Rob Elliott has been announced as the new director of Cornwall’s International Male Voice Choral Festival, following the retirement of Peter Davies, who held the post for nine years. Elliot will lead the eighth biennial festival in 2017, which encompasses workshops, concerts and tuition for directors and singers in venues across Cornwall.   

Festival chairman Bruce Taylor said: ‘We are delighted to be welcoming someone with Rob Elliott’s formidable musical and management credentials to lead the Festival team now and into the future.’   

Born into a musical family in South Wales, Elliott’s experience includes performing, conducting, teaching and lecturing. At the age of 21, he conducted the massed male choirs at the Welsh National Eisteddfod and in 1999 he directed the English National Symphony Orchestra at the Wiltshire Music Festival. In 2001 he founded the Wessex Male Choir, who became International Male Choir Champions at the Llangollen International Musical Eisteddfod in 2011. Since 2008 he has been musical director of the Parkinson’s UK charity Christmas concert in London.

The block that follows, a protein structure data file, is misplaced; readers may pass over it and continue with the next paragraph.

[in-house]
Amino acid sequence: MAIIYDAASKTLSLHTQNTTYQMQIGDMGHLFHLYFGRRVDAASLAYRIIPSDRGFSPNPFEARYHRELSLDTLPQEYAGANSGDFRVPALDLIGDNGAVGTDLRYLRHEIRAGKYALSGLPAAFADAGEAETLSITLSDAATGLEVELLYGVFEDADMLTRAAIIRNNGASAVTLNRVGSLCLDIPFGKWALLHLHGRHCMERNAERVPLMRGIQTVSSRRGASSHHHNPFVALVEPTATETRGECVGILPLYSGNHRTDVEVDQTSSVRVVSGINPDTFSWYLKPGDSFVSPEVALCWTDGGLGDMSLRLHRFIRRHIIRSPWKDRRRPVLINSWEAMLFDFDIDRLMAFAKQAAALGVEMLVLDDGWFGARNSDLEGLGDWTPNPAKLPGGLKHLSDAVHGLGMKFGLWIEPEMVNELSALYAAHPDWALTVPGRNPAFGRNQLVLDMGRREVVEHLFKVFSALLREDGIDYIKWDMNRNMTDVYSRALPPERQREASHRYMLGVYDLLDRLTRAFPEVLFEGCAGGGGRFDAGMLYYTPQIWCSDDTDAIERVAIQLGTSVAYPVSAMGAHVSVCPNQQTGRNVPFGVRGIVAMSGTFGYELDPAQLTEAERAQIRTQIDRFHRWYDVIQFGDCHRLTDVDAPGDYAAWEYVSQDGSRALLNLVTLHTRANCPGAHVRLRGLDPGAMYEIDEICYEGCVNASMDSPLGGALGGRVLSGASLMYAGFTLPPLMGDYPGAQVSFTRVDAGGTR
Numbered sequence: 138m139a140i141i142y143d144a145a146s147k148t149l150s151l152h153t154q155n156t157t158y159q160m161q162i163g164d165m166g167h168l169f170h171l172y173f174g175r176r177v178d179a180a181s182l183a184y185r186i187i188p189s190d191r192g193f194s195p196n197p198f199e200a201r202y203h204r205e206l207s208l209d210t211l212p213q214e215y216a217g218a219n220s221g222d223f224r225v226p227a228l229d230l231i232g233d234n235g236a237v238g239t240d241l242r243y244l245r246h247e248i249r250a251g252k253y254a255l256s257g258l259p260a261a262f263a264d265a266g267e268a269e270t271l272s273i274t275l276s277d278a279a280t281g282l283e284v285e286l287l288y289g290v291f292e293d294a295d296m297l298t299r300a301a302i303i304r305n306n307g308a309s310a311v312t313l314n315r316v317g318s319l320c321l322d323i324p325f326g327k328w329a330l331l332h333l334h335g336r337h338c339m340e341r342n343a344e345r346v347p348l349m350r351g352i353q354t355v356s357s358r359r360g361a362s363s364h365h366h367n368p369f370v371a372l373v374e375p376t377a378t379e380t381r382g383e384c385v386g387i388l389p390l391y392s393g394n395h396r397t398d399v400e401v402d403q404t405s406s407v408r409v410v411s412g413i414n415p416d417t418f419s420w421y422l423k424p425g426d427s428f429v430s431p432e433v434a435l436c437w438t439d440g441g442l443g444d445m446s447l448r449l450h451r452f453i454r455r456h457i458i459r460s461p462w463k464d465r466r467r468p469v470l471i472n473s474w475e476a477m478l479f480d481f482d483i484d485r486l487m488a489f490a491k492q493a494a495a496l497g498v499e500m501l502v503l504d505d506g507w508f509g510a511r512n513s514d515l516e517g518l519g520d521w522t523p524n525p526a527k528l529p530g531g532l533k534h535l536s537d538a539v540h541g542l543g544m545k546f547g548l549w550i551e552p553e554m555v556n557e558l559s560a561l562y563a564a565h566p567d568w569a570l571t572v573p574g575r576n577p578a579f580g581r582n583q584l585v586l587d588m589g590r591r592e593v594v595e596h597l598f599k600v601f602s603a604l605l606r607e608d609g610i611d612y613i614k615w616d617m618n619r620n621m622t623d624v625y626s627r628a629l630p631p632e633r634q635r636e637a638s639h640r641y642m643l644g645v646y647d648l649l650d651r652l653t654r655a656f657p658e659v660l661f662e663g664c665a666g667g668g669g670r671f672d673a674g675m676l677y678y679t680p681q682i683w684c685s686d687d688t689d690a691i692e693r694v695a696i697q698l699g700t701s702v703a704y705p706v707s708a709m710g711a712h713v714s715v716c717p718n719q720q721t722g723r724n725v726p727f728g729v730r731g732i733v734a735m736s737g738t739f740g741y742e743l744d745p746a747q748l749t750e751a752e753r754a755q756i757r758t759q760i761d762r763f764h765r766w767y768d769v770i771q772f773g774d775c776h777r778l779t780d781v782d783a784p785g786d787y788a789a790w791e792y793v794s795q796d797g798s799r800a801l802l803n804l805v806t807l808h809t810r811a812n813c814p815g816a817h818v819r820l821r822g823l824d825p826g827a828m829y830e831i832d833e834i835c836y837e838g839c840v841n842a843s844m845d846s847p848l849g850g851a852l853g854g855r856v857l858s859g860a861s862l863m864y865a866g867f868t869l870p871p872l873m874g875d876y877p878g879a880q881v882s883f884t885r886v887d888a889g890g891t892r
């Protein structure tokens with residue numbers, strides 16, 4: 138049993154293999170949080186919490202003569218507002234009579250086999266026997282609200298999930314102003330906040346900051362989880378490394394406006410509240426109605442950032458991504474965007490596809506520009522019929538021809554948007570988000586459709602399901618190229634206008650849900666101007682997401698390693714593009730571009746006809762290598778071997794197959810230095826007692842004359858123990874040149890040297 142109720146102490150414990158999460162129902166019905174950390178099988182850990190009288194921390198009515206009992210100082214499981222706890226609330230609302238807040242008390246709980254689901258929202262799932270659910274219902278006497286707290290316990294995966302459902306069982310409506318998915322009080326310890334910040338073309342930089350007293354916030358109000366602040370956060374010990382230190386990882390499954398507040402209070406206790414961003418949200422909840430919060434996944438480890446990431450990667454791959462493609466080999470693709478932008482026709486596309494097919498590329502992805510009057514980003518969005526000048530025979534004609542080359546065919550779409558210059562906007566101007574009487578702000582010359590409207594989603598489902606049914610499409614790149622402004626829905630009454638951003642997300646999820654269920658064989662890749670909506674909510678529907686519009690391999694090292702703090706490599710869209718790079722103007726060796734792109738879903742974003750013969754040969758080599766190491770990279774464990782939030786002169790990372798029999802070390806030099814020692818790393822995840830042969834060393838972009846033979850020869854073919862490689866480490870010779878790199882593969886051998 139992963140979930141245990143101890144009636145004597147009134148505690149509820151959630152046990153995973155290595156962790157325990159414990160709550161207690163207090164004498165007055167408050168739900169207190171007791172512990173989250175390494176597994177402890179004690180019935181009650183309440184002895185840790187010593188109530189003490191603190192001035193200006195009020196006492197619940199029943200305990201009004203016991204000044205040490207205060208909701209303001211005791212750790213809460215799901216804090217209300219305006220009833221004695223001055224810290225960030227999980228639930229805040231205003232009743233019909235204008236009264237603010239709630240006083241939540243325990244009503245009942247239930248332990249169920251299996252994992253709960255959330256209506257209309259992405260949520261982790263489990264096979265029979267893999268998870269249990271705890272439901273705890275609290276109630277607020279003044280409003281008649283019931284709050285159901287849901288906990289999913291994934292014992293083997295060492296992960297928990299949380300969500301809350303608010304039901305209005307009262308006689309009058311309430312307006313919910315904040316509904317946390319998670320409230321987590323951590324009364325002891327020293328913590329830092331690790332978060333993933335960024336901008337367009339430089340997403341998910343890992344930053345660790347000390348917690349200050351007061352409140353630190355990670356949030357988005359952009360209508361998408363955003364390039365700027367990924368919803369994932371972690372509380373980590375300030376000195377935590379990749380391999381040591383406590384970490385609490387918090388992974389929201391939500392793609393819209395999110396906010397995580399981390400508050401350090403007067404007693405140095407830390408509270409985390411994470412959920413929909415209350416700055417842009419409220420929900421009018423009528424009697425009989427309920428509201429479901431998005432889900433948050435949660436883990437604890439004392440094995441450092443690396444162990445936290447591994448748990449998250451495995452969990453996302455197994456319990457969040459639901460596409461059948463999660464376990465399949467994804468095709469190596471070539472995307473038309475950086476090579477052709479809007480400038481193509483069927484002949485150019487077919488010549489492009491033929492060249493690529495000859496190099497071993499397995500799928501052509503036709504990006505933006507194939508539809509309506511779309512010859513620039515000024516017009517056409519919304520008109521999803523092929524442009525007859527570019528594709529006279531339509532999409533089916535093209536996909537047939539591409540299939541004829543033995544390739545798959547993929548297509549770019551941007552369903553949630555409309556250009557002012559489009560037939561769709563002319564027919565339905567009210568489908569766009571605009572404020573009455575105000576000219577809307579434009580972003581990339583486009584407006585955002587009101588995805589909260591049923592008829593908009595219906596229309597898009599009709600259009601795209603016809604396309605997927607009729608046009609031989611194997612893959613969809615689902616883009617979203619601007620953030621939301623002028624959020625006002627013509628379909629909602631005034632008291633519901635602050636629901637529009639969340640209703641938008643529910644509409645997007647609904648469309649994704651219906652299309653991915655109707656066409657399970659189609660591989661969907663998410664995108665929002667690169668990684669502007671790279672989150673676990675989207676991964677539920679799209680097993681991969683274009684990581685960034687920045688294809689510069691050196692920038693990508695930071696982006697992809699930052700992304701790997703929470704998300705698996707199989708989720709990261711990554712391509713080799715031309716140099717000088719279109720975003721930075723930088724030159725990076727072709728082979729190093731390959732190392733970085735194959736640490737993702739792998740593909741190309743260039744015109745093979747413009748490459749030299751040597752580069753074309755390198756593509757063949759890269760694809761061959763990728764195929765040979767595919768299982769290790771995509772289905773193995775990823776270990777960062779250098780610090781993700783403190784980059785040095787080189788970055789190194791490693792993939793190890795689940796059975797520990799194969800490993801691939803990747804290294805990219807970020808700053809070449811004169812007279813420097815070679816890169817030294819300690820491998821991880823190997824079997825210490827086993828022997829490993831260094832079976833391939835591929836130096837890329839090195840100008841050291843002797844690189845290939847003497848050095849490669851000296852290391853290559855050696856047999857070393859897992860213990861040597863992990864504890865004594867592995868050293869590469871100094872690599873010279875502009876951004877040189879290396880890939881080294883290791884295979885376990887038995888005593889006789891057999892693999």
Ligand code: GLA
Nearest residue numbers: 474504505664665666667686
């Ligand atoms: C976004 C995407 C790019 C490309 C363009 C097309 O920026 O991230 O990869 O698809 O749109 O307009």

‘Peter Davies and the team have created an amazing legacy with the Cornwall International Male Voice Choral Festival,’ says Elliot. ‘It not only attracts choirs and their entourages from every corner of the globe, but creates a joyful five days of concerts, events, competitions and celebrations right across Cornwall which brings more than £1 million into the local economy. It will be my challenge to build on those achievements and to ensure that this event continues to flourish and grow in importance and popularity in the years to come.’   

Inaugurated in 2003, the non-profit festival aims to encourage the development of singers, composers and conductors of all ages and strengthen national and international relations in the male voice movement. 70 choirs participated in this summer’s event, which involved 2500 singers from across the globe.

Cornwall International Male Voice Choral Festival

St Albans winners

20 July 2015

Johannes Zeinler, 1st Prize and Gold Medal winner, Interpretation
Johannes Zeinler, 1st Prize and Gold Medal winner, Interpretation